Two Boys & Girls Club members look on as James Johnson flips through a scrapbook from his time in the New York City Police Department.
With a warm smile, Johnson reaches down for a handshake.
“What did we learn?” he asks the young man. “Good! Eye contact.”
At the Alston Avenue Salvation Army Boys & Girls Club, where he serves as executive director, Johnson strives to create an atmosphere of mutual respect. He wants the children to feel valuable. Poverty, he says, is not just about a lack of material goods, but a lack of relationships.
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To the Durham Police Department, one relationship that is lacking is the relationship between police officers and the city’s children. On Jan. 13, police officers Michael Bonfiglio, Kristian Wheeler, Keith Crews and Everette Jeffries as well as investigator Thomas Scozzafava arrived at the club to hold the first positive police interaction workshop.
Through hypothetical situations and Q&A sessions, the police officers and children got to know each other.
“We wanted to make children see them as human,” said Johnson, who was a police officer in New York City for over 20 years.
“One kid even asked what kind of doughnuts we like,” said Bonfiglio. “We said Krispy Kreme.”
About 15 children between 10 and 12 years old attended the workshop, where among other things they learned not to be afraid of the police.
In 2014, Durham became the center of protests in North Carolina after 17-year-old Jesus Huerta died from self-inflicted gunshot in the back of a patrol car. Marches occurred in Durham in January and February. And after a grand jury announced in November that Ferguson, Missouri., police officer Darren Wilson would not be indicted for the death of 18-year-old Michael Brown, protests occurred in Durham almost weekly.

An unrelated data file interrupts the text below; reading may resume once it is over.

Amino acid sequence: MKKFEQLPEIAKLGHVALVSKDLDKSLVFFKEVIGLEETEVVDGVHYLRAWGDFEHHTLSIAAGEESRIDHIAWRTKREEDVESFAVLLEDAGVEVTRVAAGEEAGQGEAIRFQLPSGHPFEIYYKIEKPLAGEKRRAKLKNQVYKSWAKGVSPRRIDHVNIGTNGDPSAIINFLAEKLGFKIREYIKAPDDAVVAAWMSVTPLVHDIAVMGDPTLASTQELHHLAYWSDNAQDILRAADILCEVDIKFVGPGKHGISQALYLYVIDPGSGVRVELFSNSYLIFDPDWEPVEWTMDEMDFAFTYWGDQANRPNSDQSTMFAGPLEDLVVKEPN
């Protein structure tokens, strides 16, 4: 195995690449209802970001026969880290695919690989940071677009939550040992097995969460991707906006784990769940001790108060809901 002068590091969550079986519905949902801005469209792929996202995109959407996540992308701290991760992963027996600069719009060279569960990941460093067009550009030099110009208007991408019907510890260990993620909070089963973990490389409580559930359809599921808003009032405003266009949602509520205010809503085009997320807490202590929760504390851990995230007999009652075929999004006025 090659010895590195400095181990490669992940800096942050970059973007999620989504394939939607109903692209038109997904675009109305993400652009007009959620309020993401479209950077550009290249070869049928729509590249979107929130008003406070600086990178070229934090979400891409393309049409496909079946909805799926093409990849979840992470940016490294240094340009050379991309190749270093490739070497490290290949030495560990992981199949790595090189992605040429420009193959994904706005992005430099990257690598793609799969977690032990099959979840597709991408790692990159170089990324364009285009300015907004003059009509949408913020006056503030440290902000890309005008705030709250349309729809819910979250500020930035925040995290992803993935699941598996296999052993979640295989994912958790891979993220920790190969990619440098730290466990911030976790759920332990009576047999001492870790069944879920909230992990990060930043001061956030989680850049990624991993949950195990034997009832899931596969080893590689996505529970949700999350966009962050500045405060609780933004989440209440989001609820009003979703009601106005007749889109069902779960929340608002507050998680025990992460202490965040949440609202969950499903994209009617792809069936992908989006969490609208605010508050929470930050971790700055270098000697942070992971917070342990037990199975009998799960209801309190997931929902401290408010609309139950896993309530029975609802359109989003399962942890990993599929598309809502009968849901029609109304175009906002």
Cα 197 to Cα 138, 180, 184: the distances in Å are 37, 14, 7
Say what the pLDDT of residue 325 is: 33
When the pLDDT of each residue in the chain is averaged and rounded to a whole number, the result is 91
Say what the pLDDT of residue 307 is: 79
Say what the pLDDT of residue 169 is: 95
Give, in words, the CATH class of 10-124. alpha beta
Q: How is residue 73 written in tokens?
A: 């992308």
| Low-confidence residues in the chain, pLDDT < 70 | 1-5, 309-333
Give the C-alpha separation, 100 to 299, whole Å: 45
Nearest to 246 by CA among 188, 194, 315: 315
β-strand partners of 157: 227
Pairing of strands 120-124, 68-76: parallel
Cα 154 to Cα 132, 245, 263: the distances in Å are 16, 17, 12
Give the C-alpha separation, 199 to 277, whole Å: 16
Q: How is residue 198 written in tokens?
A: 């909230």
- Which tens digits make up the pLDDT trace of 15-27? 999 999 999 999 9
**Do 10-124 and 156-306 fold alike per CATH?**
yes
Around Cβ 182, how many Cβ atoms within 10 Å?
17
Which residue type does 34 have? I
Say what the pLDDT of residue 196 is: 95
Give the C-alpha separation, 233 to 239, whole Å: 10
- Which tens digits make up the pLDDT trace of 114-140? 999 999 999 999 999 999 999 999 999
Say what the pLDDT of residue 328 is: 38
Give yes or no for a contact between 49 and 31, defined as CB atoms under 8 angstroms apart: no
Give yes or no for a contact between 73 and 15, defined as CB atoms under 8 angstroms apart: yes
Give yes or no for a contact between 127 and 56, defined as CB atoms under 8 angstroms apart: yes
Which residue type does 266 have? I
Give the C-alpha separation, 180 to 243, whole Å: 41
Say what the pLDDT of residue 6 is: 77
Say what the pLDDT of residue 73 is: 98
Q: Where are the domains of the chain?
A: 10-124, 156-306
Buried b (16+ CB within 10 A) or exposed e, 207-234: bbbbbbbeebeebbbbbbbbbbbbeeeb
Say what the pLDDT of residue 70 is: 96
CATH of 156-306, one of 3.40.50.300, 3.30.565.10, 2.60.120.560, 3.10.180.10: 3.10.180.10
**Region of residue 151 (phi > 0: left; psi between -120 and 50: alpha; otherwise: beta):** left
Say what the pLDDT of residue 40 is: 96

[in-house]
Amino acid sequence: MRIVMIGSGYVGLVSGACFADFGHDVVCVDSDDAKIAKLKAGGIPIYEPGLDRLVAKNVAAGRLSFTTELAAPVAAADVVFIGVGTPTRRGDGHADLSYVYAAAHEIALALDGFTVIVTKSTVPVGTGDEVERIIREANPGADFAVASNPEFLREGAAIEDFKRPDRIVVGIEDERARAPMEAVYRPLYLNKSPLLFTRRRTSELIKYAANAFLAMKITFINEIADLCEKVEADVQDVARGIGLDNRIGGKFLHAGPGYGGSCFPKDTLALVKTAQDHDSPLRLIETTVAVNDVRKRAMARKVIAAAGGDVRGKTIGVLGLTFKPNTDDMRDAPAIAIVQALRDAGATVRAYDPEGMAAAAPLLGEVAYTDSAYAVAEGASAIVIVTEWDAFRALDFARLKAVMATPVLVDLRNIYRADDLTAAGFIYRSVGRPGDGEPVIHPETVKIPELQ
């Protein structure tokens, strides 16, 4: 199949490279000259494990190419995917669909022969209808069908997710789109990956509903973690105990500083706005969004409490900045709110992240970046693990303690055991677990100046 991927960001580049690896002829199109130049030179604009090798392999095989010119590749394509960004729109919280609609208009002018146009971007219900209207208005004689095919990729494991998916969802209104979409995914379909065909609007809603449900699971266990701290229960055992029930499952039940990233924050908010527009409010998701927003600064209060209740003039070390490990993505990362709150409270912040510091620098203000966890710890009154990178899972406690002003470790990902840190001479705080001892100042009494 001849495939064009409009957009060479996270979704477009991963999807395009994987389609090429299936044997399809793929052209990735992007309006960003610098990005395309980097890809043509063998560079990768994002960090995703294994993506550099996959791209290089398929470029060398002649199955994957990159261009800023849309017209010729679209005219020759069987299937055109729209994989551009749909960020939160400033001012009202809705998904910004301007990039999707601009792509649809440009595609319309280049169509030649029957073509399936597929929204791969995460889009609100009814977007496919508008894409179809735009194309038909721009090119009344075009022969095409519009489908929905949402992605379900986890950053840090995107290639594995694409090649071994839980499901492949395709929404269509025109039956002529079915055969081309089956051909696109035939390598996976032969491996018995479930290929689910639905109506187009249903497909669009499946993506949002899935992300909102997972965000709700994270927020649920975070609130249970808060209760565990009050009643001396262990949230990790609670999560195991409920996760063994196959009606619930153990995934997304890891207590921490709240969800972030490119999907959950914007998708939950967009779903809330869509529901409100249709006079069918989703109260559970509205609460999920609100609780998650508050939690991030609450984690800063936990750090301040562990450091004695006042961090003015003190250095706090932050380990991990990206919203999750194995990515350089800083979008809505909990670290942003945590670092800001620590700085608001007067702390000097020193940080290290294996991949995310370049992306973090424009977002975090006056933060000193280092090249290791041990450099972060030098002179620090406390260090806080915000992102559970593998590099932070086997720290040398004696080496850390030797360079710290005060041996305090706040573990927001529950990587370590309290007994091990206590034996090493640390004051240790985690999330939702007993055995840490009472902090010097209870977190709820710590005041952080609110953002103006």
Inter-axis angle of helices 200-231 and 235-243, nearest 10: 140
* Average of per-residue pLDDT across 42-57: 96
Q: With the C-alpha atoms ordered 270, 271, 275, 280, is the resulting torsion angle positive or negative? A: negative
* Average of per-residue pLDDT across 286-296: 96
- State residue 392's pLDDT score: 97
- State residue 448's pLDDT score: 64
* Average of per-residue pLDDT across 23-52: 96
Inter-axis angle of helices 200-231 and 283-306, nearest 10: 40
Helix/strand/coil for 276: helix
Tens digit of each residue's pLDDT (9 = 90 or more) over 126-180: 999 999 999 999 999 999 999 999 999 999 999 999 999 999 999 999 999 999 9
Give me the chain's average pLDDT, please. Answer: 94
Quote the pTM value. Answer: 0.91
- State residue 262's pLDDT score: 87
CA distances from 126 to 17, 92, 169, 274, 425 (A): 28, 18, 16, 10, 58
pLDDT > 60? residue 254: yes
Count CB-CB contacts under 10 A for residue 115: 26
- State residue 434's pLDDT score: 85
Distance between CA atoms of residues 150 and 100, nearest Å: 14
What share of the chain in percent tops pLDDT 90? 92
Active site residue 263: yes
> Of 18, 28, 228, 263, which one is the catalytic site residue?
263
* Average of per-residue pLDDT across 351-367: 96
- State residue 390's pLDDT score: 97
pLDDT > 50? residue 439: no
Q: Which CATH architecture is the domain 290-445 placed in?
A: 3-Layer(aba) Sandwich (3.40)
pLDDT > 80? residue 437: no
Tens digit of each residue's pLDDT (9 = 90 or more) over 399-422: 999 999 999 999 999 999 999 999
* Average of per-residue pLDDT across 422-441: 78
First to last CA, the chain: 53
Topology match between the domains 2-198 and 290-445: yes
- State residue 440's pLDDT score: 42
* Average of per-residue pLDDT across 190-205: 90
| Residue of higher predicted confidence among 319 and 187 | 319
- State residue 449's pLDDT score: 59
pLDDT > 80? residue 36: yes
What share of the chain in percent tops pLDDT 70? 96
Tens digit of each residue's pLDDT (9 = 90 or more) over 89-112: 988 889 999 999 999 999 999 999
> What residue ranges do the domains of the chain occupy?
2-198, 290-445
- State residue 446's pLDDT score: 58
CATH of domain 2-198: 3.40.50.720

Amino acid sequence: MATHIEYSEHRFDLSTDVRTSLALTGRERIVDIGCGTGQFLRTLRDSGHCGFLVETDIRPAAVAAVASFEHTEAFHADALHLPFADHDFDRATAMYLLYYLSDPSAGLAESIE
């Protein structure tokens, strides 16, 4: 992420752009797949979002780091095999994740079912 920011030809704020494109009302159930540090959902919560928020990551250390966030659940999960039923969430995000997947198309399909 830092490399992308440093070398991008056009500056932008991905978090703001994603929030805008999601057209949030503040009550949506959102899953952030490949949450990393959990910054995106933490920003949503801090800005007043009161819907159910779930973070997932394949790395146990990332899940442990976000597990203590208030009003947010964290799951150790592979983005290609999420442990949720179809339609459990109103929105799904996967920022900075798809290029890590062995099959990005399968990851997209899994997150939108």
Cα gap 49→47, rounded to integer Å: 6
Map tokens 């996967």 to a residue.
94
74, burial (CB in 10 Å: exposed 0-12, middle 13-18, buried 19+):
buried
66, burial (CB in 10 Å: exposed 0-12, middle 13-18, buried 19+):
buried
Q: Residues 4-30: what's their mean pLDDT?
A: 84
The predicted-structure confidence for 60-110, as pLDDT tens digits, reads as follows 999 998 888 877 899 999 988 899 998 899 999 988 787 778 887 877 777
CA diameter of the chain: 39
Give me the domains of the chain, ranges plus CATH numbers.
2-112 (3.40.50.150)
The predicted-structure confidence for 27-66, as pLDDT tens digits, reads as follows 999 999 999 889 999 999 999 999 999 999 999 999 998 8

Children witnessed many of these demonstrations. Others saw them on the news.
Officer Kristian Wheeler, who grew up in Durham, participated in the workshop.
“We really want to evaluate where children are and meet them there,” she said.
Talking with the officers helped one 10-year-old boy realize that sometimes police officers can be afraid, too.
Afterward, he said, “I want to solve crime.”
Wheeler’s law enforcement aspirations also began in childhood.
“I’ve always wanted to be a cop,” she said. “It does make me feel good that I’m making somewhat of a difference – a small dent.”
The interaction workshop is not the only way the District 1 police unit is investing in the community’s children. More than 500 children have participated in the Durham Police Athletic League (PAL), in which officers coach basketball, soccer and baseball teams.
“We try to stay visible,” Jeffries said. “Our vision is to try to get the crime rate down.”
The Boys & Girls Club wants to be a part of that. As many assaults are gang-related, and children tend to join gangs around the ages of 12 and 13, the target workshop age group is 10 to 12-year-olds. Officer Crews, a Durham native, hopes the workshop helps the children understand who the police are and where they come from.
“These are my brothers and sister,” Johnson said of the participating officers.
The skills Johnson developed as a police officer prepared him for his role at the Boys and Girls Club. While he was with the NYPD, he started a chapter of Law Enforcement Explorers, a program designed to build relationships between police officers and children. Johnson said the chapter reached over 3,000 children.
Growing up in the same high-crime area he worked in, Johnson developed an understanding of what young people from similar areas are going through. He said children fear police officers because they lack relationships, relationships that can open doors for mentorship.
“The value of being a prince is to learn what kings do,” Johnson said. “Man means responsibility. Who is a better example than law enforcement?”
Amber is a UNC public relations major from Burlington serving as a writer-reporter for the Durham VOICE.